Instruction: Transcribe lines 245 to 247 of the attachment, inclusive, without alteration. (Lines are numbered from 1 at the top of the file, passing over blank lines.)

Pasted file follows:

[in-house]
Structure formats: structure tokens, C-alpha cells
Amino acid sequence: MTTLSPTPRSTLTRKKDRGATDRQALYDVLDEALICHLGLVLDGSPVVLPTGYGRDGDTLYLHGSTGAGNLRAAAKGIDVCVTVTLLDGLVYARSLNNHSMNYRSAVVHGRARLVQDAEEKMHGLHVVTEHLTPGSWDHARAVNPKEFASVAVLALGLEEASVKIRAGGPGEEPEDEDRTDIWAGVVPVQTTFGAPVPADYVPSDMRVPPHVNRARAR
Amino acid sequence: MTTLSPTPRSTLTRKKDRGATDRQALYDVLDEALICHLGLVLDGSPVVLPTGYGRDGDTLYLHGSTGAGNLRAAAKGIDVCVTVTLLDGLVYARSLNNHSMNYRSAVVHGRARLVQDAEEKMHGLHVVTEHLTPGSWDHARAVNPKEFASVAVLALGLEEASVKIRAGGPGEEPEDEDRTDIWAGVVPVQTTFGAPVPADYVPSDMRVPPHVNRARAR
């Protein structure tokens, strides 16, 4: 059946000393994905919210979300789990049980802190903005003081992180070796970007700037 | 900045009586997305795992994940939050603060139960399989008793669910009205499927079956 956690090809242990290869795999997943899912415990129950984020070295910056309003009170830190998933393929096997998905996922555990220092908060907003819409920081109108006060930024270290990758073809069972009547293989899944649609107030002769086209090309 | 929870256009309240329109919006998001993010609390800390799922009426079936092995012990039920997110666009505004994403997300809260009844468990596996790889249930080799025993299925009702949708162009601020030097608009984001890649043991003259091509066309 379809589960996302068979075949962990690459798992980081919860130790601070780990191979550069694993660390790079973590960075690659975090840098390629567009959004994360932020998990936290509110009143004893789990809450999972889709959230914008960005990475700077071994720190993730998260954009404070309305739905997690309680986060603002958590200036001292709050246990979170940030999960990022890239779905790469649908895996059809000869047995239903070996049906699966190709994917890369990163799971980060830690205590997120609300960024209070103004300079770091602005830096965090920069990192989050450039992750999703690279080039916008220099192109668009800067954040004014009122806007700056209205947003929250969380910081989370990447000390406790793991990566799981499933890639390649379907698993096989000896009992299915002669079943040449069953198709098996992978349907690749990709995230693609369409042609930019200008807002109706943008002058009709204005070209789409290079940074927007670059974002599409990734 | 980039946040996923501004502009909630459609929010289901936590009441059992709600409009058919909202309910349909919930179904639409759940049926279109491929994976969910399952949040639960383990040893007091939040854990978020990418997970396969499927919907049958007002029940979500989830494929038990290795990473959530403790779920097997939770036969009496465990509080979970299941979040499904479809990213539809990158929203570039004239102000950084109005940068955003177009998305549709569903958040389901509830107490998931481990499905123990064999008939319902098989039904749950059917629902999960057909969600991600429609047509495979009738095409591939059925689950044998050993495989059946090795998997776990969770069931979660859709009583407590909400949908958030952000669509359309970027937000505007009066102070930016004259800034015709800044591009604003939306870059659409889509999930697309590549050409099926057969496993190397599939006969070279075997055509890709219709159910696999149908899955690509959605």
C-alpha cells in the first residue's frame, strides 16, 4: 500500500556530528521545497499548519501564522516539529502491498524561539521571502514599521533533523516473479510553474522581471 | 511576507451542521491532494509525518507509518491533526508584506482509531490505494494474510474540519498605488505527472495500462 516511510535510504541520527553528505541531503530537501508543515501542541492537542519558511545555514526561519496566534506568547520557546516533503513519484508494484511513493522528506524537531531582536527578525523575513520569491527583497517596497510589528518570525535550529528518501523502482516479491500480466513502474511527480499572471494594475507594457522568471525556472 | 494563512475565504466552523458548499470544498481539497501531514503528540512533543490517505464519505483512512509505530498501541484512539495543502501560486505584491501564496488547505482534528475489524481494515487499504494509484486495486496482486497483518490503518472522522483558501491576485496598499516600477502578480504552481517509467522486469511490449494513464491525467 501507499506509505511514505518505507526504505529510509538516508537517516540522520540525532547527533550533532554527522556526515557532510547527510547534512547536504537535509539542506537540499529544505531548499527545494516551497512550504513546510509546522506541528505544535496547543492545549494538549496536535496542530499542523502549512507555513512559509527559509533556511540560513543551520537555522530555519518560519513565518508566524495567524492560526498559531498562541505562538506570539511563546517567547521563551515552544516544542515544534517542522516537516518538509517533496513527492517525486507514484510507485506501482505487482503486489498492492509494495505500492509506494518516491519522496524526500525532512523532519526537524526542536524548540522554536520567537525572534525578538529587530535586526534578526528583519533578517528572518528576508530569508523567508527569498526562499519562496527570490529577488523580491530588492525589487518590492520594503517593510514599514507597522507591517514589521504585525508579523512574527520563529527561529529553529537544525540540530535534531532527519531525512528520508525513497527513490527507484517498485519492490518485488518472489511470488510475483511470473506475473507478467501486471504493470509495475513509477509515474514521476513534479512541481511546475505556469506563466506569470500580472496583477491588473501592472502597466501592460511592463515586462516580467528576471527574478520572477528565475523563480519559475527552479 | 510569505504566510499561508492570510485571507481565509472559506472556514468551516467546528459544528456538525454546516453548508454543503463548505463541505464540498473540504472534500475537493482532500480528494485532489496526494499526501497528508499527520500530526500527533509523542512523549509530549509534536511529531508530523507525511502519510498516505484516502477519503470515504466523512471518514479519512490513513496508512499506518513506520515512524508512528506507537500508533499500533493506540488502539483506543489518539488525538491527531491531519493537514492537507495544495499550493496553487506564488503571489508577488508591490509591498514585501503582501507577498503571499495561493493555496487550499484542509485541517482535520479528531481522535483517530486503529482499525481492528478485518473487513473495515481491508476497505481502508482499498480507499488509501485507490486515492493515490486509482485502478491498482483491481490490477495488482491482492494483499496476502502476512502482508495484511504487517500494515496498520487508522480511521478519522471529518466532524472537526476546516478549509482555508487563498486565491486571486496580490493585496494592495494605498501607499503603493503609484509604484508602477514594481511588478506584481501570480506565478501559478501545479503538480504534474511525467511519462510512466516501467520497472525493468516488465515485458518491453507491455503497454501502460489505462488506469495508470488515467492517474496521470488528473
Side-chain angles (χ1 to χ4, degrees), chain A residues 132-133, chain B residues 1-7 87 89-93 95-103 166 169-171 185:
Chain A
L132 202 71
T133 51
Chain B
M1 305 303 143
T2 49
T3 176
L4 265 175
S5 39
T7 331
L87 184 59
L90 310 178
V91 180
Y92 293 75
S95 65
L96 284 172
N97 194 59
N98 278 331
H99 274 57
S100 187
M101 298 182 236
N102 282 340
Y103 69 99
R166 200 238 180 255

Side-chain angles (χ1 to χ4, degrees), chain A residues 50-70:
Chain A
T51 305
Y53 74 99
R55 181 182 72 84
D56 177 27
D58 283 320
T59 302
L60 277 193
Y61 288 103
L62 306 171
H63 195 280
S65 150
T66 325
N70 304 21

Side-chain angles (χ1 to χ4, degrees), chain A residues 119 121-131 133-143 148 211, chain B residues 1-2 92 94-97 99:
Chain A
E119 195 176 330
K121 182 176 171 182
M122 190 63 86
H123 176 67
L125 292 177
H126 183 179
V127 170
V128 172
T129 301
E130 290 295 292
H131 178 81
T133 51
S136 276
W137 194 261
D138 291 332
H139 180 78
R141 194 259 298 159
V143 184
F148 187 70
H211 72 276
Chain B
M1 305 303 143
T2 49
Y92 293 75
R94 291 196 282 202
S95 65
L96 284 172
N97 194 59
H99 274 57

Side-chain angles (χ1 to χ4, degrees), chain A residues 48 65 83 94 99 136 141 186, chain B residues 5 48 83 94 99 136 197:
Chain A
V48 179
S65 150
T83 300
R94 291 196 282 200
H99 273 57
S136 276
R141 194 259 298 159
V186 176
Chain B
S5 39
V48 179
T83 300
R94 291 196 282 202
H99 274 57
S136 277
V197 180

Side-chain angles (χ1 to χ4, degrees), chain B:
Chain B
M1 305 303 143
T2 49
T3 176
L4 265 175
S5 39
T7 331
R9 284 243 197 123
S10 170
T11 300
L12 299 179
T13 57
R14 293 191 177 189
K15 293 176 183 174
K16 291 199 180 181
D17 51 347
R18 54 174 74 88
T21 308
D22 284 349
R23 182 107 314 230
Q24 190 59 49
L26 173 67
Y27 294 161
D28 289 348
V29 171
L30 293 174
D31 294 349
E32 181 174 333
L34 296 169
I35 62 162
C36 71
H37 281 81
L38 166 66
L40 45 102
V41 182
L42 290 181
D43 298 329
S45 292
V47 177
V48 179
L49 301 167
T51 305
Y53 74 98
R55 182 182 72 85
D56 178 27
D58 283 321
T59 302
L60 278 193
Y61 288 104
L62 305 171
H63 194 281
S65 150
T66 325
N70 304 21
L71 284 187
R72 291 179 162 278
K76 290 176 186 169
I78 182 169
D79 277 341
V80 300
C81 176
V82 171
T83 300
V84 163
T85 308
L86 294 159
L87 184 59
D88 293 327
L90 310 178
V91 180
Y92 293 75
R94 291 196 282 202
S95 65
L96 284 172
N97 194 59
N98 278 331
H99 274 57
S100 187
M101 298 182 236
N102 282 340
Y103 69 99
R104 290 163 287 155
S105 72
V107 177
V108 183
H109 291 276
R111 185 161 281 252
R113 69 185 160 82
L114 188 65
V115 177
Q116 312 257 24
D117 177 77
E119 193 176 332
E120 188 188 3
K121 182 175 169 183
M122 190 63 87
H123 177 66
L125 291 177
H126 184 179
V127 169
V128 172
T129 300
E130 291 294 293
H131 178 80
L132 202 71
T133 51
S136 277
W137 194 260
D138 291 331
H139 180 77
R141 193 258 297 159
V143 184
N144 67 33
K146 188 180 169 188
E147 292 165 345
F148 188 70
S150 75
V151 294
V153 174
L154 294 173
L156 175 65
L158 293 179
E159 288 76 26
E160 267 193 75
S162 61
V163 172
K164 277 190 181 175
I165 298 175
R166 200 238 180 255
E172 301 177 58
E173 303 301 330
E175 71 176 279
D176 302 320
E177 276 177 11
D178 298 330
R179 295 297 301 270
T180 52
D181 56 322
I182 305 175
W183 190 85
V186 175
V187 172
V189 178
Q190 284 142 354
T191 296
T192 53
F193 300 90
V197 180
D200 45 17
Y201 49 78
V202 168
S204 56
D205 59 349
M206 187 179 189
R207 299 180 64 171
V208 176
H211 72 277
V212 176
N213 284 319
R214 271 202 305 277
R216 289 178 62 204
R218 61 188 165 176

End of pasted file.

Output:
D200 45 17
Y201 49 78
V202 168